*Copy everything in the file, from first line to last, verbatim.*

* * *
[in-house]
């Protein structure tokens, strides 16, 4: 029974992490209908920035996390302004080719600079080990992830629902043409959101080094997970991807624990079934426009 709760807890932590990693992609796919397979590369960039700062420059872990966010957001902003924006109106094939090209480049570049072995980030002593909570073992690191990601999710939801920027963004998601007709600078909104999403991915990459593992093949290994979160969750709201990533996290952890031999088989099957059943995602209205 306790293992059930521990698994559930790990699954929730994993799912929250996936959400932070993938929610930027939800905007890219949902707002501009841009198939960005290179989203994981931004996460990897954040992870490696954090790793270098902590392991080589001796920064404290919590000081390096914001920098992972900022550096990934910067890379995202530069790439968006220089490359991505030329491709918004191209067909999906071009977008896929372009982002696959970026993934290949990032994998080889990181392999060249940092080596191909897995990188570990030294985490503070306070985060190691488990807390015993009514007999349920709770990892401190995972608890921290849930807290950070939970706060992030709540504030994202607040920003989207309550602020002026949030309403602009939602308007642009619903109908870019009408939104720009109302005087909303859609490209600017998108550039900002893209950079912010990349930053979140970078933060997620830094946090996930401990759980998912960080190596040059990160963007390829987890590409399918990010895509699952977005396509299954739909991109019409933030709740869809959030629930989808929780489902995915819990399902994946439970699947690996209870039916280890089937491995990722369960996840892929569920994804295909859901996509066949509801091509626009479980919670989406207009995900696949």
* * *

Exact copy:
[in-house]
């Protein structure tokens, strides 16, 4: 029974992490209908920035996390302004080719600079080990992830629902043409959101080094997970991807624990079934426009 709760807890932590990693992609796919397979590369960039700062420059872990966010957001902003924006109106094939090209480049570049072995980030002593909570073992690191990601999710939801920027963004998601007709600078909104999403991915990459593992093949290994979160969750709201990533996290952890031999088989099957059943995602209205 306790293992059930521990698994559930790990699954929730994993799912929250996936959400932070993938929610930027939800905007890219949902707002501009841009198939960005290179989203994981931004996460990897954040992870490696954090790793270098902590392991080589001796920064404290919590000081390096914001920098992972900022550096990934910067890379995202530069790439968006220089490359991505030329491709918004191209067909999906071009977008896929372009982002696959970026993934290949990032994998080889990181392999060249940092080596191909897995990188570990030294985490503070306070985060190691488990807390015993009514007999349920709770990892401190995972608890921290849930807290950070939970706060992030709540504030994202607040920003989207309550602020002026949030309403602009939602308007642009619903109908870019009408939104720009109302005087909303859609490209600017998108550039900002893209950079912010990349930053979140970078933060997620830094946090996930401990759980998912960080190596040059990160963007390829987890590409399918990010895509699952977005396509299954739909991109019409933030709740869809959030629930989808929780489902995915819990399902994946439970699947690996209870039916280890089937491995990722369960996840892929569920994804295909859901996509066949509801091509626009479980919670989406207009995900696949």